Viva! La Woman (Warner Bros.)
Cibo Matto

By Allen Howie

Usually when a record is built around everything-but-the-kitchen-sink sampling and wild sonic experimentation, the result, while intriguing, is not very fun to listen to. That's what makes Viva! La WomanBy duo Cibo Matto such a surprise — it's an entertaining trip that strains against musical boundaries and is still eminently listenable.

The problem is in trying to describe the album. The closest I can get is this: Imagine Yoko Ono and Kate Bush jamming with the Carpenters and Tom Waits, and you're within shouting distance. Produced by Mitchell Froom and Tchad Blake, Viva! La Woman includes misty ballads like "Sugar Water" and the tart "White Pepper Ice Cream," awash in muted hip-hop rhythms, distant trumpet flourishes and silky vocals that are quirky and sensuous all at the same time. Wait awhile, though, and in rolls the brute elegance and energy of "Birthday Cake," with the singer gleefully demanding, "Extra sugar. Extra salt. Extra oil and MSG." over grunge soaked guitar.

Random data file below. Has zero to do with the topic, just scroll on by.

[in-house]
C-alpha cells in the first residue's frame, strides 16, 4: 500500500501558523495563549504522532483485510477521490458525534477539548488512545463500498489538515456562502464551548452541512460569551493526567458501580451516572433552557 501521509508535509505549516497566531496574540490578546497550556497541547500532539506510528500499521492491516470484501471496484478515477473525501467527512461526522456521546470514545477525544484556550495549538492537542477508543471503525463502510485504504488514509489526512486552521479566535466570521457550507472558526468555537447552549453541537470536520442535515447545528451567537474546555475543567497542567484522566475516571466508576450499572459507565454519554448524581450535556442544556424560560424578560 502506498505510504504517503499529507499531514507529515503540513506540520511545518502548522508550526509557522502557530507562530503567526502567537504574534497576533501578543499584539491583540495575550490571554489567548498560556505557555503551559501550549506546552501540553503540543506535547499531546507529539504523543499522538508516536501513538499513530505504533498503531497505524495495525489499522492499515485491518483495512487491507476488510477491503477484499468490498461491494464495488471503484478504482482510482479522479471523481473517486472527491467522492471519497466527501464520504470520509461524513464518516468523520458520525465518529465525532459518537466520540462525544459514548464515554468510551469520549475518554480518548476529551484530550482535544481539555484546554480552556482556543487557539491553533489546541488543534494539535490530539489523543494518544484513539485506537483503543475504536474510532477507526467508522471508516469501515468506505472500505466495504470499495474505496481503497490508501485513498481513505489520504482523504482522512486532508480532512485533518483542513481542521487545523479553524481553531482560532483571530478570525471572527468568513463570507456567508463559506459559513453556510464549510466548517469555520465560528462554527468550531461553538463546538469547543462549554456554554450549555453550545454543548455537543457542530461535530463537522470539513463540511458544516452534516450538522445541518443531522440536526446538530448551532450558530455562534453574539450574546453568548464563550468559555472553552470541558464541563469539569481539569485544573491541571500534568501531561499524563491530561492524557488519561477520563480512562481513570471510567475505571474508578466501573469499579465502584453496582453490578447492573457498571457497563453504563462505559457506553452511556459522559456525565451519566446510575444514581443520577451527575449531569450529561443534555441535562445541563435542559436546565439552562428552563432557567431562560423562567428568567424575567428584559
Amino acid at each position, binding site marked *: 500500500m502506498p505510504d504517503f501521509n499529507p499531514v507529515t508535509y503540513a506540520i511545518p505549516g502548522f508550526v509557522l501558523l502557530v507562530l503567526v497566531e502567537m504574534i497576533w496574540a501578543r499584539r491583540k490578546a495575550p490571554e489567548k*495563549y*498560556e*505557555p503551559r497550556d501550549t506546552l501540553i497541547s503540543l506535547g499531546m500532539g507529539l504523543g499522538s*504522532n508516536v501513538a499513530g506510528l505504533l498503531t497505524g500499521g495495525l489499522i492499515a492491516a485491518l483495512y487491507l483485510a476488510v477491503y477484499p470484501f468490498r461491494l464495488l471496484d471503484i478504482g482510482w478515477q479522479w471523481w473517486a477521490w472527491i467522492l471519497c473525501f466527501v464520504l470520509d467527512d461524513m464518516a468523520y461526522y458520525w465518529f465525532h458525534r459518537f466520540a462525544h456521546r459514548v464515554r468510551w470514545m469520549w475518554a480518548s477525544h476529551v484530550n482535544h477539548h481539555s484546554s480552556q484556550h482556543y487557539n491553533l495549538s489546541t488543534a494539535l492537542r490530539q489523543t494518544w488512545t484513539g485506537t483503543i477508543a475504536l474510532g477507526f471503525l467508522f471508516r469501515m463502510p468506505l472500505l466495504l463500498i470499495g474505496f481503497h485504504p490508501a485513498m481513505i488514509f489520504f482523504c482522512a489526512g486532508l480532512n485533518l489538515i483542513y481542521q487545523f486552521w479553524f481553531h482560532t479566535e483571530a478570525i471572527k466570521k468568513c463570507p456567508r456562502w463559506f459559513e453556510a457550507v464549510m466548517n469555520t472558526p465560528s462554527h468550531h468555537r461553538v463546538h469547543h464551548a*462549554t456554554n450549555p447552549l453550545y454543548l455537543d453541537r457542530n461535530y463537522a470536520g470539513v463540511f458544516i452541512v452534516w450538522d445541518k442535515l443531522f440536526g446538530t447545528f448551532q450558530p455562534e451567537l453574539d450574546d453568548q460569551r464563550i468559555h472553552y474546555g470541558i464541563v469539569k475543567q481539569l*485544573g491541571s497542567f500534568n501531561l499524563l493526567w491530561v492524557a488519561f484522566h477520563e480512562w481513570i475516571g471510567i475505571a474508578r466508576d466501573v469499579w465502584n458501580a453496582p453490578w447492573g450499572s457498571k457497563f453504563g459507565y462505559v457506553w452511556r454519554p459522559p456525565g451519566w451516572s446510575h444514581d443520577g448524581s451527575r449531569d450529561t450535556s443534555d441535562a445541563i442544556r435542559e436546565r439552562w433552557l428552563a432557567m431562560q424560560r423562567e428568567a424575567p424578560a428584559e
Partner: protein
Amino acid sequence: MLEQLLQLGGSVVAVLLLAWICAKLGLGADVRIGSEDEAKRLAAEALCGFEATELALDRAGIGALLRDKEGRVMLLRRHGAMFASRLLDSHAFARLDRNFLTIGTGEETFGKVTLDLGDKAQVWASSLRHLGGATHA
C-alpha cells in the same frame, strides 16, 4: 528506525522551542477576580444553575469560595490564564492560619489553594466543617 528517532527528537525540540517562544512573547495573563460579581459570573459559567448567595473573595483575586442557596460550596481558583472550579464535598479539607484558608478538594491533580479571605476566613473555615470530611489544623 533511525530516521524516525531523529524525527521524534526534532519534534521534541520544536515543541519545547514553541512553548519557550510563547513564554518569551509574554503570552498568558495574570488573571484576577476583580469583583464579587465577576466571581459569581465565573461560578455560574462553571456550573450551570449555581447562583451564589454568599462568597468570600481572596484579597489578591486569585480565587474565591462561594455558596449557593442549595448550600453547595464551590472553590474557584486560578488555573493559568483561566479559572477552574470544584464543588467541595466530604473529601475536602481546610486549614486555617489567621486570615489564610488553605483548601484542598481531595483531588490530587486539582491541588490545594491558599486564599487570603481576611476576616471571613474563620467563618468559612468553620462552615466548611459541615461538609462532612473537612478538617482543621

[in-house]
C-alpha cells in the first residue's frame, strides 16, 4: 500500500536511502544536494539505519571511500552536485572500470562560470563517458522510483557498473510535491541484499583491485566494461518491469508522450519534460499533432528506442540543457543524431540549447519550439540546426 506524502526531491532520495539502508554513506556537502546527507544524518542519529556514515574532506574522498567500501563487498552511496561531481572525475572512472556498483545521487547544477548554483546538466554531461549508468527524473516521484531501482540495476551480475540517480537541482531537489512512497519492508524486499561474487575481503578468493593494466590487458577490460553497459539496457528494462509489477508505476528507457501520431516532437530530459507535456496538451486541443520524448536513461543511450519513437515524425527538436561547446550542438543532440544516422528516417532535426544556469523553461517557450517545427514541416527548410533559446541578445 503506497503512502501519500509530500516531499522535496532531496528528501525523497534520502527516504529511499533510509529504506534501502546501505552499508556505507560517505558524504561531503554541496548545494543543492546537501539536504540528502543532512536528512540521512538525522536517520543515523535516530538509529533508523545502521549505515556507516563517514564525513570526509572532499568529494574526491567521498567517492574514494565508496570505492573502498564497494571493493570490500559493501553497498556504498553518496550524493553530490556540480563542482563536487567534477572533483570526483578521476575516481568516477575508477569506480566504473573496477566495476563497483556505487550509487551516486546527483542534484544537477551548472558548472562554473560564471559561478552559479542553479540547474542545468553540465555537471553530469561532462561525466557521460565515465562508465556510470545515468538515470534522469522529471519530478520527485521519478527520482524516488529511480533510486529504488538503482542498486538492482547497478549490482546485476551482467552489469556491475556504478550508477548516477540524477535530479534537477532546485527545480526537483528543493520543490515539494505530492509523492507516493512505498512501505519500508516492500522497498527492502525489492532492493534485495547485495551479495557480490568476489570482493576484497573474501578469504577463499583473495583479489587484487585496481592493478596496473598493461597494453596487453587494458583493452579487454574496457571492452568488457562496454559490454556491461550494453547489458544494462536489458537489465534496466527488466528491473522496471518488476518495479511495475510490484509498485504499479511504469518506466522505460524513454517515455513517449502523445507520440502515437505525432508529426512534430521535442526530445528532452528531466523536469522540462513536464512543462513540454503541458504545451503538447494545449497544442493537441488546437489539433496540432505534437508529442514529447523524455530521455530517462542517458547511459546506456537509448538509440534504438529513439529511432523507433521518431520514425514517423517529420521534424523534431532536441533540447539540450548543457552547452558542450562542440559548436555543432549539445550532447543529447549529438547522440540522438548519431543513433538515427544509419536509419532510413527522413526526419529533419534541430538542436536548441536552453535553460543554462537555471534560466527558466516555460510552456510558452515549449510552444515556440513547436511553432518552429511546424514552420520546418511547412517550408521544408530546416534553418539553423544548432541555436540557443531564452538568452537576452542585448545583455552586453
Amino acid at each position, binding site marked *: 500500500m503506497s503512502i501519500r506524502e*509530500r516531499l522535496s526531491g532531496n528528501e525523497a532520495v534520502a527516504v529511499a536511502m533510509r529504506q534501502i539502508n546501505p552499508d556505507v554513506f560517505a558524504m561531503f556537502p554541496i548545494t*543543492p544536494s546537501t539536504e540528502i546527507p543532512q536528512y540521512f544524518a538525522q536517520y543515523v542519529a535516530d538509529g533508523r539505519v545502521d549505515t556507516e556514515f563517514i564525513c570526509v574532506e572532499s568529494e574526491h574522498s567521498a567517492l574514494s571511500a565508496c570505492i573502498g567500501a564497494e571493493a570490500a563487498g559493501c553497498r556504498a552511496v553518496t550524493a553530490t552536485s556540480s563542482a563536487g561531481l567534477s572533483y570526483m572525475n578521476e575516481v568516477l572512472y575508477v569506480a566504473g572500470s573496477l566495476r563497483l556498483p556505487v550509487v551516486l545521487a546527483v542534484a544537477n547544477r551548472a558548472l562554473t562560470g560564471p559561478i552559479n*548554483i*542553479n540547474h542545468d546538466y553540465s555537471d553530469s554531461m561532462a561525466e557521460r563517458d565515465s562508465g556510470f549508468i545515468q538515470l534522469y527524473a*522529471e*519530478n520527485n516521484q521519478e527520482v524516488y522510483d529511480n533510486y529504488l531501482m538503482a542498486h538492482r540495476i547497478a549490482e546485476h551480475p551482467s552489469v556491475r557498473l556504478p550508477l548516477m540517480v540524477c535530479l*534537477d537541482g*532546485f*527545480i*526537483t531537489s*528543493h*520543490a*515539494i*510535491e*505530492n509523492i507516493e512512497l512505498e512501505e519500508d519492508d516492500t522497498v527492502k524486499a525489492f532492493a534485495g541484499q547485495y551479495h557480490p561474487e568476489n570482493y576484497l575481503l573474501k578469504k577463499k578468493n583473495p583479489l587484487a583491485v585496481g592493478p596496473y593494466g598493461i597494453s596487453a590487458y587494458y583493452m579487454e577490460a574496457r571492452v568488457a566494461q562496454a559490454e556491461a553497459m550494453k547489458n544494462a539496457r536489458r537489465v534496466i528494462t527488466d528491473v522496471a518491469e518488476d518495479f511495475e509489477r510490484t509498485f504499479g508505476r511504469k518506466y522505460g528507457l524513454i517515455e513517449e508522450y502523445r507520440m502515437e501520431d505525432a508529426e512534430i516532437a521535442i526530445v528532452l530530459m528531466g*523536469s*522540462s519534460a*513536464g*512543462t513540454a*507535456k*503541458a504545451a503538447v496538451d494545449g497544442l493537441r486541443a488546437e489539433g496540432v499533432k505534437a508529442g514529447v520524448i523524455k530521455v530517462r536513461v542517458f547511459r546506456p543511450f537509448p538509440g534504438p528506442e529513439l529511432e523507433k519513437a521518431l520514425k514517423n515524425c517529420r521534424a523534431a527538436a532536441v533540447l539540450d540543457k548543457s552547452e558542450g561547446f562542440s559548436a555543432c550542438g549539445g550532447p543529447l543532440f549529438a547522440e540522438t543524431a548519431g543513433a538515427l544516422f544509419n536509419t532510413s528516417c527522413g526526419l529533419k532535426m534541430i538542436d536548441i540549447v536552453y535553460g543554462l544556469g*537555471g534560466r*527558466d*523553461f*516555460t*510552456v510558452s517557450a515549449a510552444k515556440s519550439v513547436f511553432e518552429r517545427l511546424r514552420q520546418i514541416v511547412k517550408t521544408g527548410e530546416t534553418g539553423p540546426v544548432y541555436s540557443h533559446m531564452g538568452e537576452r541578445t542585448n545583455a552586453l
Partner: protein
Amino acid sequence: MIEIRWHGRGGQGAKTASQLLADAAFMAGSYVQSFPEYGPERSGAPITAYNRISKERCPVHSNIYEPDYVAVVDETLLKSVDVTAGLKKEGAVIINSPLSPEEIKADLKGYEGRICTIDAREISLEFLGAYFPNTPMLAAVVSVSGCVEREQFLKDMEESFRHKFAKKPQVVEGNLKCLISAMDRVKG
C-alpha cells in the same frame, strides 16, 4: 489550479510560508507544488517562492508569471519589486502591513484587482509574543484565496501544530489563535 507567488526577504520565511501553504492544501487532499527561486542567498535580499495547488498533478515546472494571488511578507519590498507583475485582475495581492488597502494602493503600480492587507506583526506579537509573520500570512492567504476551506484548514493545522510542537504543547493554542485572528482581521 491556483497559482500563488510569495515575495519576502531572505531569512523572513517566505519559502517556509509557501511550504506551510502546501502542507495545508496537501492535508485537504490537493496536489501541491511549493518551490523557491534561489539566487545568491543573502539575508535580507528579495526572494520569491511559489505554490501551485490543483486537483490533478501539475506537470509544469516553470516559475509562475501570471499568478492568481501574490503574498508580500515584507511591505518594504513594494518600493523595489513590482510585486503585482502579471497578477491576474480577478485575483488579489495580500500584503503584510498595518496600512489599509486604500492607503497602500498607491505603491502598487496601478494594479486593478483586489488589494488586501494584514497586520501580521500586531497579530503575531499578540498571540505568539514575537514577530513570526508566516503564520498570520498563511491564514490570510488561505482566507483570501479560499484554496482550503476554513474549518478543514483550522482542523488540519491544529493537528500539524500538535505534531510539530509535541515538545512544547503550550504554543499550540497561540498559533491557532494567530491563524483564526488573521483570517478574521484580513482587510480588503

Don't expect the lyrics to be anything but obtuse. The playful eccentricity of tunes like "Know Your Chicken" and "Artichoke" makes them sound like utter nonsense on first listen, but against this aural melange, they seem right at home. Singer Miho Hatori, a Tokyo native transplanted to New York, delivers every word with a delightfully rich Japanese accent that adds to their absurdity. Hatori's bandmate, Yuka Honda, makes the most of keyboards and samplers, using them to paint a dazzling canvas on which her partner can brush her wildly diverse vocal strokes.

The real key to the album, though, is the way it all hangs together, taking these eclectic elements and spinning them into something that seems completely organic and perfectly realized. Rarely has music this adventurous been so much fun.

Boys for Pele(Atlantic)